In this brief writing, we can't express all the facets of the research at Norgate in terms of cultural significance to the First Nations children. However, the use of colour, the selection of the materials for their imagining in the dioramas, the metaphors for fire, air, water, sky meeting earth, and the blending or expression of habitat creation for fish and birds are clearly intended. Shelter spaces are sought high and low, as well as pathways for journeys between spaces, over bodies of water, all indicative of stories the children were conveying. The author witnessed a change from active to passive engagement and the prevalence of TVs, computer imagery, many forms of benches, tables, and seating areas makes one wonder what cultural expressions of lifestyle have flowed from the suburban community.

What do you notice when you pass a playground today? Many playgrounds are vacant most of the day, and certainly manufacturers have identified the benefit of social media play by designing play structures that incorporate technology to program play on structures. But this isn't enough if children no longer seek to play on their playground equipment and would much rather play in a small microcosm of a replication of their home environments. In 1999, there was no internet and virtual reality play stations were just coming out. The trend showing in the results of the Norgate research is a shift in how children do not engage with nature, even though the culture of the predominantly adult society wishes it were so. Using metaphors of the heart, body, mind and human spirit for programming both space and activities, the Norgate Community Elementary School is striving to recreate an outdoor learning classroom that is cross-cultural, integrative and interactive with natural learning play, supporting the children's experiential learning and environmental education.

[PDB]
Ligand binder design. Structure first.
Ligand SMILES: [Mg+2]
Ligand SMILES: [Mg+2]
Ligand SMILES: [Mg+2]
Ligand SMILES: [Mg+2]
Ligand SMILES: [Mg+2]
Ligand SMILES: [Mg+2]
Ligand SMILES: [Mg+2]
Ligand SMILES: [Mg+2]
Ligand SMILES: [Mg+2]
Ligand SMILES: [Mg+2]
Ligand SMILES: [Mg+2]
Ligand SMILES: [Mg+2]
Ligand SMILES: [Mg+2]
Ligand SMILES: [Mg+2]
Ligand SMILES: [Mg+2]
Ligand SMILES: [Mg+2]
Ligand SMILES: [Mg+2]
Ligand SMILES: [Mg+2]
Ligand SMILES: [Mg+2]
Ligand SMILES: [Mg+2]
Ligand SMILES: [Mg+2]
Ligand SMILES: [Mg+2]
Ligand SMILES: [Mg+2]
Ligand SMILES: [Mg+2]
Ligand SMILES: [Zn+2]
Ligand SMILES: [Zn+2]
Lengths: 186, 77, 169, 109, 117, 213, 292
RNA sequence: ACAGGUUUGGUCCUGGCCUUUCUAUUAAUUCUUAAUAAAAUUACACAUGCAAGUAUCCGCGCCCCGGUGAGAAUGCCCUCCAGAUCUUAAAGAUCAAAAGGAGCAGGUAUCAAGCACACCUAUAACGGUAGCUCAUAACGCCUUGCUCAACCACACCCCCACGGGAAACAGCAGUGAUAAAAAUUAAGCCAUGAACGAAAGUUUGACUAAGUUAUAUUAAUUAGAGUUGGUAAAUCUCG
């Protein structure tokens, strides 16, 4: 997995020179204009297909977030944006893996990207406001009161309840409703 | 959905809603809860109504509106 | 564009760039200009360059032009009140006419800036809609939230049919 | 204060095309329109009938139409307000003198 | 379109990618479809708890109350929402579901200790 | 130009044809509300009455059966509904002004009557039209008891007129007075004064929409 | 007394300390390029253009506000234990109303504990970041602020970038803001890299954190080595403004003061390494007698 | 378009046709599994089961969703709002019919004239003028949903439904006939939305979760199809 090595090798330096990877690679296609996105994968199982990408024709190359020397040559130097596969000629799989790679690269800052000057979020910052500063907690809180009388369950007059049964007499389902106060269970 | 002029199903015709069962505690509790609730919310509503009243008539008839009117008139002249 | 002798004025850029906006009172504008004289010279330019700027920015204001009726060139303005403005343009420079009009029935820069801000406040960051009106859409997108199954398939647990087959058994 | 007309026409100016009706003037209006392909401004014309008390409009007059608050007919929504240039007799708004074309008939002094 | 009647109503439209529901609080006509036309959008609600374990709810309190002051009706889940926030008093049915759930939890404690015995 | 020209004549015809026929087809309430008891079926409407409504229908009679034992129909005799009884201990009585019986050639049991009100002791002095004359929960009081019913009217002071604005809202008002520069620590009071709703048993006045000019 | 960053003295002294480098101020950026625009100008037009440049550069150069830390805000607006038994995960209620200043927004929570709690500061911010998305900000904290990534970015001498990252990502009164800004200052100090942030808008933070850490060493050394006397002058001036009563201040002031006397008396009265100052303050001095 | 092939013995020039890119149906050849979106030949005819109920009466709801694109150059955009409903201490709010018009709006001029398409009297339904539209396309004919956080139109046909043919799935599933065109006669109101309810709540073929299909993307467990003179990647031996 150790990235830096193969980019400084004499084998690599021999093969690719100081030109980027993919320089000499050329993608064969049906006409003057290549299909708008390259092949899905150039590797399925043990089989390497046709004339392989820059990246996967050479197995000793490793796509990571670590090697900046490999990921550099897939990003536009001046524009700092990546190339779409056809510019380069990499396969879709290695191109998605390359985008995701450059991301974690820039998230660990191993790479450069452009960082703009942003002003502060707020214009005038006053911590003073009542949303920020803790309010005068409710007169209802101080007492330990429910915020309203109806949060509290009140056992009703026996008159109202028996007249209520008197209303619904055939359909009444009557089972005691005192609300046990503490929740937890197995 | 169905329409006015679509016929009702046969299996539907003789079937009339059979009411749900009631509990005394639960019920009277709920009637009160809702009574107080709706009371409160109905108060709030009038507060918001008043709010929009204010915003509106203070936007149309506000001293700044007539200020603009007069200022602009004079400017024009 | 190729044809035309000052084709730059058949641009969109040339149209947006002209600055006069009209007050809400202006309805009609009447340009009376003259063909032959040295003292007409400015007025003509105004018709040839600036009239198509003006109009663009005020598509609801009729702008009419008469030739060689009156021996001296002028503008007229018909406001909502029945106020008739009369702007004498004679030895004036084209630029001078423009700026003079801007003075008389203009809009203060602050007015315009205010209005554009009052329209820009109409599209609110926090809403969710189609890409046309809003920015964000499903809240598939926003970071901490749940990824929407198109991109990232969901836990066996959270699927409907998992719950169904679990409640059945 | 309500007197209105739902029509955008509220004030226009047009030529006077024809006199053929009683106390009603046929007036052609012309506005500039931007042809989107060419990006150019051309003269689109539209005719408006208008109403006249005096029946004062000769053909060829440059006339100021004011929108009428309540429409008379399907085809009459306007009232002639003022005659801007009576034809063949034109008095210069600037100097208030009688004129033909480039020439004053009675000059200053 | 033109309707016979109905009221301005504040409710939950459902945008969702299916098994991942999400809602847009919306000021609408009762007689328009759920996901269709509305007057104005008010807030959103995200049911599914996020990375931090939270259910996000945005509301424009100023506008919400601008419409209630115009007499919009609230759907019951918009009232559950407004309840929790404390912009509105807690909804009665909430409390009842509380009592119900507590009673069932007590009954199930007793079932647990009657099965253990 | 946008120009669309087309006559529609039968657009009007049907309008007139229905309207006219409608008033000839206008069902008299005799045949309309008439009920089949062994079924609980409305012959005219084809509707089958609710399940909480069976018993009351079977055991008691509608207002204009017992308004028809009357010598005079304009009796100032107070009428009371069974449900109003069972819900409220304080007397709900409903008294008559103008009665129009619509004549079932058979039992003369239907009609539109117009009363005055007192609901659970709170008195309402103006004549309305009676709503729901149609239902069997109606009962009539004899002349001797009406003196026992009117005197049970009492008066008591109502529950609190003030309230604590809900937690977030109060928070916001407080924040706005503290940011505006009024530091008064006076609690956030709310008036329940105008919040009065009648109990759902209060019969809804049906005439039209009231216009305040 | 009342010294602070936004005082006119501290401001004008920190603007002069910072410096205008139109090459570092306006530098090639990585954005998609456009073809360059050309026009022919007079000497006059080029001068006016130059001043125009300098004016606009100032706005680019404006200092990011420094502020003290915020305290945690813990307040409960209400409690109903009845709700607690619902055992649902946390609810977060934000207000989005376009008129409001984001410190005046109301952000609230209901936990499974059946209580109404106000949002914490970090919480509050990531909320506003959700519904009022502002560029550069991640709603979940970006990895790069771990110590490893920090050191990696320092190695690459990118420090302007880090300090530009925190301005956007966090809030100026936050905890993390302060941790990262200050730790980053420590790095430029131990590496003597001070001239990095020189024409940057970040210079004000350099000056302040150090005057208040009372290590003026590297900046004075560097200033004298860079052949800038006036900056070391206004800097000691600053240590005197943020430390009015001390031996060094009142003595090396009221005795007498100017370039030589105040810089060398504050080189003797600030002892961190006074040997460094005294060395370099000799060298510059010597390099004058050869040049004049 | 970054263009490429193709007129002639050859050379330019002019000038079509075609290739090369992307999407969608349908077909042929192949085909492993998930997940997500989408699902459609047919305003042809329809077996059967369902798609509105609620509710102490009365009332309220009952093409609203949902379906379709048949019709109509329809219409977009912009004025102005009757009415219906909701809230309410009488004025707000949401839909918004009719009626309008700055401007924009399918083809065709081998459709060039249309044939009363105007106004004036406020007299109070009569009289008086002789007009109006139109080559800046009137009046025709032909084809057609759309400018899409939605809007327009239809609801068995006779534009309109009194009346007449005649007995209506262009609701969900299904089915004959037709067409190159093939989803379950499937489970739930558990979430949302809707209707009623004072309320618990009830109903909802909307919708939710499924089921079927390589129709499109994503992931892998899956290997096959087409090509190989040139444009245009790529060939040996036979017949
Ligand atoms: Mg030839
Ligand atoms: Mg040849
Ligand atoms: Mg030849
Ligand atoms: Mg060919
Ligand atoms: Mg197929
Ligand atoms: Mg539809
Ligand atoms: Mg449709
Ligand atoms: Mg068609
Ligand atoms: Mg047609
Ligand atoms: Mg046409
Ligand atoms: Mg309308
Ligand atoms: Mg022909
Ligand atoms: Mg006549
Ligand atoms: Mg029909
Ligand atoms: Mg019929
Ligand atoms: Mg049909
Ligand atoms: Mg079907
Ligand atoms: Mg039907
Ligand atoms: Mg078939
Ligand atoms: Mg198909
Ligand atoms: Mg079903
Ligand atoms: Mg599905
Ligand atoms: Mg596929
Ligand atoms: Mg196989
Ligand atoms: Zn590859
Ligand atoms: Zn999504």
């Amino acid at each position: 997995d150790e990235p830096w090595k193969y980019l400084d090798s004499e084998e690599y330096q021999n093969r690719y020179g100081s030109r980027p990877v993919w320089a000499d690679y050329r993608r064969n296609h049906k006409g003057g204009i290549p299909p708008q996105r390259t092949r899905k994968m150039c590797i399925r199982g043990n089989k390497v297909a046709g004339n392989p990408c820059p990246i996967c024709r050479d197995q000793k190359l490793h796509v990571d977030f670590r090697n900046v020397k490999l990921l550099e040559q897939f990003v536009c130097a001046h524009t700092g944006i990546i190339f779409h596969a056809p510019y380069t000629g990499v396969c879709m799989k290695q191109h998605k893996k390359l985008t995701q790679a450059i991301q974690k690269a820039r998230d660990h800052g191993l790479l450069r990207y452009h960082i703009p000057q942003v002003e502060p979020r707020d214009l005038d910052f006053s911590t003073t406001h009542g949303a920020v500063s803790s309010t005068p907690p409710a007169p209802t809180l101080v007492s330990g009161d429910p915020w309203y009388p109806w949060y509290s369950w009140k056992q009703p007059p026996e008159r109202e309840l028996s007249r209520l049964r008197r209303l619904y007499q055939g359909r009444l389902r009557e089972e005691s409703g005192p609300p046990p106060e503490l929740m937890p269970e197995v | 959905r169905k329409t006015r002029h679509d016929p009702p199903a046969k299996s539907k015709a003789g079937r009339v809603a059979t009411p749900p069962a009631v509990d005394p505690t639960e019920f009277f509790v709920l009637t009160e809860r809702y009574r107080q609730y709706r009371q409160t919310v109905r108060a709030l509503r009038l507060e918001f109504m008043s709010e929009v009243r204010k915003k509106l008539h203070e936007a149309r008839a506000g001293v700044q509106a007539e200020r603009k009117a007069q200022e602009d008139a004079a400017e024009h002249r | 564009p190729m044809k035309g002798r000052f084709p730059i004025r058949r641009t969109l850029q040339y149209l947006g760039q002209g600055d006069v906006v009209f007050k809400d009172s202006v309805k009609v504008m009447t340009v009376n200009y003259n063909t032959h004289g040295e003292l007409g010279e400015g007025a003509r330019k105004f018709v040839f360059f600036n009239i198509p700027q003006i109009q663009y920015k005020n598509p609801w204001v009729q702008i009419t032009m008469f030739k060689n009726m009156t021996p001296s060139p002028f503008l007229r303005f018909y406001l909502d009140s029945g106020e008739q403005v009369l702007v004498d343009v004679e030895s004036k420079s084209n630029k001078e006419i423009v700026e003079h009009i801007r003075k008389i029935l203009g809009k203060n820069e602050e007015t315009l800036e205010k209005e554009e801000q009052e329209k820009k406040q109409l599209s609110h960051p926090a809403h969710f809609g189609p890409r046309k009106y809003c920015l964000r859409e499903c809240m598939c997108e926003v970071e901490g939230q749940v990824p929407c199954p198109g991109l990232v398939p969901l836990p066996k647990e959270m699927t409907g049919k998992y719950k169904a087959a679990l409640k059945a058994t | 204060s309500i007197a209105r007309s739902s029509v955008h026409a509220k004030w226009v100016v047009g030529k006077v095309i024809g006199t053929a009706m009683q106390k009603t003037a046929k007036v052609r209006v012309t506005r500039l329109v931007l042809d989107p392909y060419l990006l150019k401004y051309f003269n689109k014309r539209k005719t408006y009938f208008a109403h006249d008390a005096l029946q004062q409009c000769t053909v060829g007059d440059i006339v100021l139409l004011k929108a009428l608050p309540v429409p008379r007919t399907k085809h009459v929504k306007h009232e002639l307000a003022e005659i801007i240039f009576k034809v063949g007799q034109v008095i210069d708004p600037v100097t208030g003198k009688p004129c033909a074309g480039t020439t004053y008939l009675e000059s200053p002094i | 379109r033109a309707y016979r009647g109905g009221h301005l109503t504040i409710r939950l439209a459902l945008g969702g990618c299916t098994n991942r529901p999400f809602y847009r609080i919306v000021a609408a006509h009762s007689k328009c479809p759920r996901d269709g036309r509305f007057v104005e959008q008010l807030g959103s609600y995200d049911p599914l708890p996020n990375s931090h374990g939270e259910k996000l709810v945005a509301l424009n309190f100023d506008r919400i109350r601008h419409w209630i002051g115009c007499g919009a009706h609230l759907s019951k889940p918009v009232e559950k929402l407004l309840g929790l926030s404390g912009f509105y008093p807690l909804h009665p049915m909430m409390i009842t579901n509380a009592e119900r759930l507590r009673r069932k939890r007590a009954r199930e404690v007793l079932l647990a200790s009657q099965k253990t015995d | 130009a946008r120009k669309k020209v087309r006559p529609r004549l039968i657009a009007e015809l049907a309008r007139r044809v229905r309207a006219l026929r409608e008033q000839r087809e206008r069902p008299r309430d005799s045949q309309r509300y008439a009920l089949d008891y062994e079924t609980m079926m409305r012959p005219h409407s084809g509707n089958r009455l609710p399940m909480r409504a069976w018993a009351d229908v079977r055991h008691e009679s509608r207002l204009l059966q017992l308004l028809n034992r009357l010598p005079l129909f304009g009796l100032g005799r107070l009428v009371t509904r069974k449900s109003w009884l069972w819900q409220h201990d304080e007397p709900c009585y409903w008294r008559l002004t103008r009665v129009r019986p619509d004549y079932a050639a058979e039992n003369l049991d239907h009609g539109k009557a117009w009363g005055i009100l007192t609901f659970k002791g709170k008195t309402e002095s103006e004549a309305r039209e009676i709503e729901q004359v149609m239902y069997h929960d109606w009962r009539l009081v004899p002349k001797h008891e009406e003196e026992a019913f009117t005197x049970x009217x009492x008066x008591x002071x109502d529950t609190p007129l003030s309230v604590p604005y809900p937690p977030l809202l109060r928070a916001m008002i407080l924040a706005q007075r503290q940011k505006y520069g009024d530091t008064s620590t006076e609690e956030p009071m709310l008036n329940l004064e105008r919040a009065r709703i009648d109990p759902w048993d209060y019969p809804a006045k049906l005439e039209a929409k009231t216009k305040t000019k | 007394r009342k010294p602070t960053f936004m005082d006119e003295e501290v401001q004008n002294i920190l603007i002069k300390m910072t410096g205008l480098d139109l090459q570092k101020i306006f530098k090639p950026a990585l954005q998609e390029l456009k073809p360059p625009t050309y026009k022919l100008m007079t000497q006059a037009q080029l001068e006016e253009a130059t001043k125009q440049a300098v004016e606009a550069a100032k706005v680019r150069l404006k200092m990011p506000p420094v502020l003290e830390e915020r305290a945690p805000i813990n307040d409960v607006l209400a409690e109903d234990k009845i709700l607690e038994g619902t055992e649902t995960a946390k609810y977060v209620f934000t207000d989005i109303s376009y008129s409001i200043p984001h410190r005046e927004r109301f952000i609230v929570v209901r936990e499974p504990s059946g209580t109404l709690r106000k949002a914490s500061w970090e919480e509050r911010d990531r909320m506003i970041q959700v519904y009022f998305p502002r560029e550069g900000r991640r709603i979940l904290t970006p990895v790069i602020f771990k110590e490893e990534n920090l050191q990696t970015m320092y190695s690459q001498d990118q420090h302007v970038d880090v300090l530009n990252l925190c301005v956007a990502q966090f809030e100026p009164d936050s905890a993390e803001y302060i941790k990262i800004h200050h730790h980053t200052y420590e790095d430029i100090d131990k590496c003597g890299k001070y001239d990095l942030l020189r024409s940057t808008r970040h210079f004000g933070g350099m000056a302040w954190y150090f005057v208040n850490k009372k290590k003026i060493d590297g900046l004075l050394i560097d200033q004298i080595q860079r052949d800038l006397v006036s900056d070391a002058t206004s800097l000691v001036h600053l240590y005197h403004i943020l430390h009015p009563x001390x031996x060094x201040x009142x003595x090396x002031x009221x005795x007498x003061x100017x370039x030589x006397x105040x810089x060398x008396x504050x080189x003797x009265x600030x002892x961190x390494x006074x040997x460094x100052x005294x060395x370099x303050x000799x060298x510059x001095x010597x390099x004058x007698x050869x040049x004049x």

As seen in LASN magazine, September 2017.

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October 15, 2019, 5:01 am PDT